07544 593131 ellie@equasense.co.uk

(The theme for International Women’s Day 2021 is #ChooseToChallenge. I am aware that being white, financially secure and with a strong support network I have privilege that allows me to challenge when it may not be safe for others to do so. Nonetheless, this series of blogs identifies the things we need to challenge to get closer to gender equality.)

How many famous women scientists from history can you name? Marie Curie? Rosalind Franklin? Jane Goodall?

When I taught year 6 classes as a volunteer science teacher, I used to ask them about famous scientists. Isaac Newton came up a lot. Galileo, Nikola Tesla, Edison, Watt etc. Occasionally Marie Curie appeared. A notable absence of women, and indeed of Black or Asian scientists or scientists from the Islamic world. I would then get them to pick a name of a lesser known scientist or inventor from communities under-represented in the story of science, go away and bring me back a picture and a couple of sentences the following week. We made a great display to go in the school corridor.

a noticeboard containing children's work on famous scientists A corridor display of famous scientistsa close up of student work introducing two black scientists

If I’m honest though, I’d not have done much better even when considerably older than them. The story of science as conventionally told has neglected and erased the vital contributions of many women in particular. From the most famous stories of neglect such as Rosalind Franklin’s role in the discovery of DNA and Jocelyn Bell-Burnell’s  role in discovering pulsars, to the less well- known women toiling away in labs and observatories for decades but receiving little credit for their work.

Amongst this group is Eunice Foote – an American researcher, inventor and women’s rights campaigner who in 1856 discovered the mechanism we know today as the greenhouse effect by which carbon dioxide traps heat and prevents it being radiated to space thereby warming the planet, a full three years before John Tyndall, the British Scientist who is usually credited with the discovery. Eunice’s original paper describing the effect was presented on her behalf by her husband as women were not allowed to present to scientific societies at that stage and this may be one reason that it is only relatively recently that her role in the science underpinning climate change research has been uncovered. There may also have been a disconnect between US and European science as it appears that Tyndall was not aware in any way of Eunice’s work.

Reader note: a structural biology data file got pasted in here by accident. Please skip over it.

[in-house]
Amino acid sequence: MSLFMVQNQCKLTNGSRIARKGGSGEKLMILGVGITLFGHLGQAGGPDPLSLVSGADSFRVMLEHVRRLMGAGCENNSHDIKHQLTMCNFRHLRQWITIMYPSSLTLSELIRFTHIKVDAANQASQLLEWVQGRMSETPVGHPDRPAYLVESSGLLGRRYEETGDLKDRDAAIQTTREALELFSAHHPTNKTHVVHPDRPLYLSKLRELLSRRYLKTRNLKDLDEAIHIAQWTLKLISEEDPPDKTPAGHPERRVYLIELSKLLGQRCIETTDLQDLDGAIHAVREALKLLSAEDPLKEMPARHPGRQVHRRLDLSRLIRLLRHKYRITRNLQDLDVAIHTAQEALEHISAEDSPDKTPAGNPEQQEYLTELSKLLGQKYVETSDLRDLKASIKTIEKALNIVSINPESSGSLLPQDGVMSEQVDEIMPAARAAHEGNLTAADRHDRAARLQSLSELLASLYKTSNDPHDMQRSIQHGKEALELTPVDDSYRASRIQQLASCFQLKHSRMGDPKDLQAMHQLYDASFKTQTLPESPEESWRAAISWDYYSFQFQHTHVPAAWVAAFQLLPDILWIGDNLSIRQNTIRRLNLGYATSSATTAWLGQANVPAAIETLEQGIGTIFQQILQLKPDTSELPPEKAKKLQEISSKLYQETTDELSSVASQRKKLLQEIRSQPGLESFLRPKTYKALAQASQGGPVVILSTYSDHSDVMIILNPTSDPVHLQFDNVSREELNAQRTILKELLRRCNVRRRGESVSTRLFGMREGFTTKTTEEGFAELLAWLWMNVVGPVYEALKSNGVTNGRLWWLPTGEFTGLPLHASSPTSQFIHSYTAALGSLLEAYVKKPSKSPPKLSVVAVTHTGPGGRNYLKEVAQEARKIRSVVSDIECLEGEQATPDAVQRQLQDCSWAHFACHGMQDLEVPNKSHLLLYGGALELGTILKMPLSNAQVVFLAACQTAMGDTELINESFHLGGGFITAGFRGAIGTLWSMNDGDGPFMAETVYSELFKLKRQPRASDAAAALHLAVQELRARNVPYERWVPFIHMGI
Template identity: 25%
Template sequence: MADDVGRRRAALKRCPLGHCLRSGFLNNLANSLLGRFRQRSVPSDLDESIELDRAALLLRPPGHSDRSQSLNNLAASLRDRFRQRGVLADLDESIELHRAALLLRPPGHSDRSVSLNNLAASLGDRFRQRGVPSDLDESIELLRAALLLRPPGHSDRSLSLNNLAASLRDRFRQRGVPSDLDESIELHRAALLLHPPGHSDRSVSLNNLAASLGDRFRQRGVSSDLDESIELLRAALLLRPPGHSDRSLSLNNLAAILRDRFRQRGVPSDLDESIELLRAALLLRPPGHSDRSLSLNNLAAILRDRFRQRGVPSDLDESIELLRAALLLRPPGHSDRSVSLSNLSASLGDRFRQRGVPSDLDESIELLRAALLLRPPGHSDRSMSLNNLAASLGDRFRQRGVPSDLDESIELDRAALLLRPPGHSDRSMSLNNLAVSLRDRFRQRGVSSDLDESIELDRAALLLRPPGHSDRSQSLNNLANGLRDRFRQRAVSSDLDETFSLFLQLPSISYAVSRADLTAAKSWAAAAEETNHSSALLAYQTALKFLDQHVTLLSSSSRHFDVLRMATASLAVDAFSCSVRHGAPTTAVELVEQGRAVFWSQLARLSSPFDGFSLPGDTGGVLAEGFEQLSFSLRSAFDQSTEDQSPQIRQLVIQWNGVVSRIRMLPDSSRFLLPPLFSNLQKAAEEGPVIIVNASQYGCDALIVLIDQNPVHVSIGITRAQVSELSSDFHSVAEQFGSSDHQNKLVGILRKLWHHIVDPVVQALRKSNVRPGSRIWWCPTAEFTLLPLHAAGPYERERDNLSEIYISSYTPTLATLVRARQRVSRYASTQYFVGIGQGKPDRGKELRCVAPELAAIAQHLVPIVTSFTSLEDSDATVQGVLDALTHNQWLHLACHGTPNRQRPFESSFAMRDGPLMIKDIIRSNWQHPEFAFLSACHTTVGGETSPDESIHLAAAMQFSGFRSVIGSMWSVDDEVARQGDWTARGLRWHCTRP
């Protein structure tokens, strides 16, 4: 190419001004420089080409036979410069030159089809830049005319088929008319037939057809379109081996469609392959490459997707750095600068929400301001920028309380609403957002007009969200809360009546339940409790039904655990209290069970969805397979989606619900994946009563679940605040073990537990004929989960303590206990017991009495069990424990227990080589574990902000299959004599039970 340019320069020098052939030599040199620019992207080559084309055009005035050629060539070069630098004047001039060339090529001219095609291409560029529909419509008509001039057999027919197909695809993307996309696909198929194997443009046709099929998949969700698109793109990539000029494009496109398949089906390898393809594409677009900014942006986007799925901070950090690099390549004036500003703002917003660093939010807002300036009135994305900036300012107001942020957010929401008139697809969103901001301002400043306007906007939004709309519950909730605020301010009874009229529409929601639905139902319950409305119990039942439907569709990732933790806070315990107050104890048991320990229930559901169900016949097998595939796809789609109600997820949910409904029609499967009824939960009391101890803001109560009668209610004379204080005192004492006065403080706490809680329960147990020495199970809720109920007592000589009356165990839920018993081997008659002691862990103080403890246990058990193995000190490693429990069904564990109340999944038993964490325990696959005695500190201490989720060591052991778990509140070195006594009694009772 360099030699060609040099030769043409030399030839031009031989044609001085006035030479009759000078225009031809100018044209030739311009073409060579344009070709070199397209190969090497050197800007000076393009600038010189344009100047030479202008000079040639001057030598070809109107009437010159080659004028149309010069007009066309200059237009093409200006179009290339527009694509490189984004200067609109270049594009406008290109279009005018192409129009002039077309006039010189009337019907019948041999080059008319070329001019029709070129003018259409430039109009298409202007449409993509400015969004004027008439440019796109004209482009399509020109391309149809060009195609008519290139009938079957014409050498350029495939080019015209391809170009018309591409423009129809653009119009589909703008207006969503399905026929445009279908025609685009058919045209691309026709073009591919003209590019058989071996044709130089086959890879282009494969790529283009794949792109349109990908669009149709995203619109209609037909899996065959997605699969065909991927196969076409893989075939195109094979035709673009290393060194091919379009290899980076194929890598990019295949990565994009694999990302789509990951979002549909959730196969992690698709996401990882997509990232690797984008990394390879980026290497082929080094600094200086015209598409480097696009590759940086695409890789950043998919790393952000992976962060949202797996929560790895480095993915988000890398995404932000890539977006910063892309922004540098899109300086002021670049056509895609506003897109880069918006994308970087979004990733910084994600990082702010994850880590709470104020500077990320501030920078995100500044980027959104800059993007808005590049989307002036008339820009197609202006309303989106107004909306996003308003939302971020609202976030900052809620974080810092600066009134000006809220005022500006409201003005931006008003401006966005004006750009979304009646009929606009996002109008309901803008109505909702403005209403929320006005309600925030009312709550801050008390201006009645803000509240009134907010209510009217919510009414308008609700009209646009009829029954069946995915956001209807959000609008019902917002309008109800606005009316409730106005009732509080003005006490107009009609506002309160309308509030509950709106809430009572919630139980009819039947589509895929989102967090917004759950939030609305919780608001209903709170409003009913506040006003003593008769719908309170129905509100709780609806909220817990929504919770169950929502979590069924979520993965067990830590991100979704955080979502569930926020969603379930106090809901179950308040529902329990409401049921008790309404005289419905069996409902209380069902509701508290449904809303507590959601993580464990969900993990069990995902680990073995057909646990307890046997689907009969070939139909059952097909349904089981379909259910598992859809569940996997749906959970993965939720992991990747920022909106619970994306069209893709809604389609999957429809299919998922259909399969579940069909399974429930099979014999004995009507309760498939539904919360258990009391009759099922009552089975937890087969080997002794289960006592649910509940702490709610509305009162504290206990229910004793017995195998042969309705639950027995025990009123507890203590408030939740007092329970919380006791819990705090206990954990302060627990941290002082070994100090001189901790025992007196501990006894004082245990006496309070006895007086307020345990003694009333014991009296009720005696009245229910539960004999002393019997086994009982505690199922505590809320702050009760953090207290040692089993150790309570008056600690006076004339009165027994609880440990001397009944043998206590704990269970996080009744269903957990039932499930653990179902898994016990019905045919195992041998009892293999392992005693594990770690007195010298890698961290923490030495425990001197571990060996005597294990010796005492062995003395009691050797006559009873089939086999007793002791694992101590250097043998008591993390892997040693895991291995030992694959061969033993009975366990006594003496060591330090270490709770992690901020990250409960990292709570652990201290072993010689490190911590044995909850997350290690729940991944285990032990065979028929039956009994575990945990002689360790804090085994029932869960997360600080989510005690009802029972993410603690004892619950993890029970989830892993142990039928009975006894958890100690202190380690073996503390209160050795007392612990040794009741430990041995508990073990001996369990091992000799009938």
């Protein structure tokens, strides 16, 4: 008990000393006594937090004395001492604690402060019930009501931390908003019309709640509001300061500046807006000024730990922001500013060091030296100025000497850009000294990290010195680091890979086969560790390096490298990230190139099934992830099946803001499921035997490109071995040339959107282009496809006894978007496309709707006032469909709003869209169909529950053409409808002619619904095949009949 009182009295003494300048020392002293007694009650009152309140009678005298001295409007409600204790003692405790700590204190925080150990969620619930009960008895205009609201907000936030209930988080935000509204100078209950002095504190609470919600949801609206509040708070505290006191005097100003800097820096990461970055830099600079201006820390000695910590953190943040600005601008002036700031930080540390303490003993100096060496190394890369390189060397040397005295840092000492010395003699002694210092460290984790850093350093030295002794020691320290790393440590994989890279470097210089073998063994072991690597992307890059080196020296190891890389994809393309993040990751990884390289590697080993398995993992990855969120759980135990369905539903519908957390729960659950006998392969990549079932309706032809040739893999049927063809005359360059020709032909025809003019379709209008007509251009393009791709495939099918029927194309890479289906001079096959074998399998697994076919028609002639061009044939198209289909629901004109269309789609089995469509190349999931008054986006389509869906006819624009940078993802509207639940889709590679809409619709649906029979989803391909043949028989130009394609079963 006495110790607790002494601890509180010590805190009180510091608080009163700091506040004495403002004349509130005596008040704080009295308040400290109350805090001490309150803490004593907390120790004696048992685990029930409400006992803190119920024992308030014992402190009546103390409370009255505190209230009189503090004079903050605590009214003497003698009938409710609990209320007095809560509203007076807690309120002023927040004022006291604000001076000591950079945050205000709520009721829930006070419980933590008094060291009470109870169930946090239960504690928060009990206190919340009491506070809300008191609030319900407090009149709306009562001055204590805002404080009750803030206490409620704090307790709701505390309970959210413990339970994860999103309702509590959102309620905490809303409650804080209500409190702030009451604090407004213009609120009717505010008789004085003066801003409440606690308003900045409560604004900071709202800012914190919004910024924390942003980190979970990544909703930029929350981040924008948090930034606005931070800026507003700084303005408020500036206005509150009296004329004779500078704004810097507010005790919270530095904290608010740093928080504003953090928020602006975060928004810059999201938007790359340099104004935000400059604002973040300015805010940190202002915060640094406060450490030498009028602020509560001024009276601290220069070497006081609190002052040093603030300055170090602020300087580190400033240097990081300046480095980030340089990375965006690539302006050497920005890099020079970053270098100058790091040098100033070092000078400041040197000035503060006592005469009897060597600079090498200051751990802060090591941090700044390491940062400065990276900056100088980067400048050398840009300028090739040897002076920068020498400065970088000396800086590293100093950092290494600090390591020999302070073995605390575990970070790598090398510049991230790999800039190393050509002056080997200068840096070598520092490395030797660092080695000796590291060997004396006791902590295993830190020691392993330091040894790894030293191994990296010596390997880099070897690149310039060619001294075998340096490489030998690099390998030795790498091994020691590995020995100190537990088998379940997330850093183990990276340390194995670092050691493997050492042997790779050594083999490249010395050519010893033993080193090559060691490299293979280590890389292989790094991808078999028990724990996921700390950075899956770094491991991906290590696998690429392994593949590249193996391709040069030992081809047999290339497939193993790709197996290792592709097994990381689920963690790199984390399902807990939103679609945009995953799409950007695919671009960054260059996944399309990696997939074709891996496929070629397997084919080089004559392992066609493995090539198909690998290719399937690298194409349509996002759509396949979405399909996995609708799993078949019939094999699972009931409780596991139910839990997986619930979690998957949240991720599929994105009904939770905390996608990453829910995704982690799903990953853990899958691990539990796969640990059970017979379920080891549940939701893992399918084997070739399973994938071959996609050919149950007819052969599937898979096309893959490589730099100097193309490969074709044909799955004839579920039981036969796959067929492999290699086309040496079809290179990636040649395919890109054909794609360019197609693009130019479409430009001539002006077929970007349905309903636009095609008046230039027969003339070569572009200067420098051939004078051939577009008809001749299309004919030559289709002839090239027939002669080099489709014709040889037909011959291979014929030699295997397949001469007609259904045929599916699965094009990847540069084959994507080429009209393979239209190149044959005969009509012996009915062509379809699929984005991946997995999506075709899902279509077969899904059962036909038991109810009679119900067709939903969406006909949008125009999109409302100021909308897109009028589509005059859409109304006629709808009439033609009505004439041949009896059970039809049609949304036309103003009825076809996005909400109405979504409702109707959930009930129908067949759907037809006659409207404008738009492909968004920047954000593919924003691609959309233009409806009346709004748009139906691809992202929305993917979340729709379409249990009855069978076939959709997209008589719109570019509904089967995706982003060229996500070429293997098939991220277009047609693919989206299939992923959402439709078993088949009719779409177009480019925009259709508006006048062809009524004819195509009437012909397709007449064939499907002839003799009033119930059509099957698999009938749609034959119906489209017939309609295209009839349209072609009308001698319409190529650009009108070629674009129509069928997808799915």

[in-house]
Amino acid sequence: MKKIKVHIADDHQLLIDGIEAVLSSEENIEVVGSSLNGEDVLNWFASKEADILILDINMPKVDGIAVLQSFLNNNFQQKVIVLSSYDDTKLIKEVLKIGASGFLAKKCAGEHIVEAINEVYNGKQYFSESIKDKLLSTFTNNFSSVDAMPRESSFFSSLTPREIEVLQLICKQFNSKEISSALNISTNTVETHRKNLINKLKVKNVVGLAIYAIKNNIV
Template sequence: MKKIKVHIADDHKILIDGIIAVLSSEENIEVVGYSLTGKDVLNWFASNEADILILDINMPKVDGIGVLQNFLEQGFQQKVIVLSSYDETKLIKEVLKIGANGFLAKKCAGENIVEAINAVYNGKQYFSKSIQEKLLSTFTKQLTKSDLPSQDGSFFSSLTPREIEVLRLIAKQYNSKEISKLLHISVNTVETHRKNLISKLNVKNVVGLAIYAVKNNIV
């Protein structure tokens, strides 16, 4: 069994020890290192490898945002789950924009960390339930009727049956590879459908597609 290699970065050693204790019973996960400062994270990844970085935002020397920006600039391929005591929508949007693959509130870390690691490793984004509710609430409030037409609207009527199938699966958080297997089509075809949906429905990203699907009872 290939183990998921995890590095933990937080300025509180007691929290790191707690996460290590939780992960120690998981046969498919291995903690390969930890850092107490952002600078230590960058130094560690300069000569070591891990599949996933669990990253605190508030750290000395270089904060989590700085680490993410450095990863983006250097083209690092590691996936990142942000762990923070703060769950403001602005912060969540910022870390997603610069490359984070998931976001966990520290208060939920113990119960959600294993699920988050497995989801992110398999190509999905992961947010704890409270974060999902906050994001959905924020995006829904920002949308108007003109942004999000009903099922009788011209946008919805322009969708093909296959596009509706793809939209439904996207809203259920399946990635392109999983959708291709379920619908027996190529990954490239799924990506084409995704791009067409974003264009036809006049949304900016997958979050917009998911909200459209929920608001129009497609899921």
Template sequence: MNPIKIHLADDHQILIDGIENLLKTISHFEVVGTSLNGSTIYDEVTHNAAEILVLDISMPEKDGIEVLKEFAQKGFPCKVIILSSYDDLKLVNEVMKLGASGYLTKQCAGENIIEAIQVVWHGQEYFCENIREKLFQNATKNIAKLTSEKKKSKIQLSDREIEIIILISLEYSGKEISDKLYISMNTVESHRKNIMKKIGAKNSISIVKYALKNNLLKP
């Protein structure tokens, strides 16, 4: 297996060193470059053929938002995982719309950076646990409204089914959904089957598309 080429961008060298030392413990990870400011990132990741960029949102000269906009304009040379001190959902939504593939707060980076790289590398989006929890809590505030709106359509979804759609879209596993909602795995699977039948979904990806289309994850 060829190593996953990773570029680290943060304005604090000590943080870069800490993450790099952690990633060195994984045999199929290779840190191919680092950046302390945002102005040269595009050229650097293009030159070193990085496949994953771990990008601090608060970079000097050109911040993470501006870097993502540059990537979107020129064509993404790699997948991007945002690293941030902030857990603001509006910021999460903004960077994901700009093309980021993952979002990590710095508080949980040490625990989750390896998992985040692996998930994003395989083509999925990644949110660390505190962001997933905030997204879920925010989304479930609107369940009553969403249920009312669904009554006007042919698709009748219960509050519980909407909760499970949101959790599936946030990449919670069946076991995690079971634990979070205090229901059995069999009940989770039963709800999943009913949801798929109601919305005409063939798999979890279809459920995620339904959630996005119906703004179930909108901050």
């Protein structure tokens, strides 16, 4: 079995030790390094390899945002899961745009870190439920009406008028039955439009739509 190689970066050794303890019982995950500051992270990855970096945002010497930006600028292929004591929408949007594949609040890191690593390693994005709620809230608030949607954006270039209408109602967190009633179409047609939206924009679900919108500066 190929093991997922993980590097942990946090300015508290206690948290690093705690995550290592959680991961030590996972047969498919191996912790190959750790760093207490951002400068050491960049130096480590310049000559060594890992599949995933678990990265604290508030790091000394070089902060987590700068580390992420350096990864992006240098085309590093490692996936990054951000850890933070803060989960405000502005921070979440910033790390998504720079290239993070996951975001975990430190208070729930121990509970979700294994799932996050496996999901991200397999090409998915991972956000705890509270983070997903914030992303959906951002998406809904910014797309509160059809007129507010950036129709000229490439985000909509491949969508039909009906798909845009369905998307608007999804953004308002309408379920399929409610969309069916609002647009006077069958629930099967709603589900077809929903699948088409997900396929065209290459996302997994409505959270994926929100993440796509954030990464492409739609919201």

Over the years I have discovered and been inspired by the stories of many female scientists. Preparing to teach light to a Year 6 class I came across Ibn Al Haytham and his ground breaking work on light travelling in straight lines and the function of the eye. I have been pleased to see recently documentaries on the contribution to the evolution and development of science by the Islamic and Asian worlds. We need to uncover the history that has not been written.

Of course science is not the only area in which the history has been written from mainly one viewpoint and centred only one social group. Groups subjected to societally “normalised” discrimination, genocide and systemic racism still rarely get into the history textbooks. Specialist publications from their viewpoint yes, but textbooks often not. And I suspect that despite the existence of many people’s stories via social media and indeed conventional media, official historical accounts of tomorrow’s history may still be written mainly from the viewpoint of the majority group, or the victor.

Is part of the history of your line of work, or your area of interest, curiously missing women, or other groups? If so, were they there but their contribution remains hidden? #ChooseToChallenge

 

Skip to content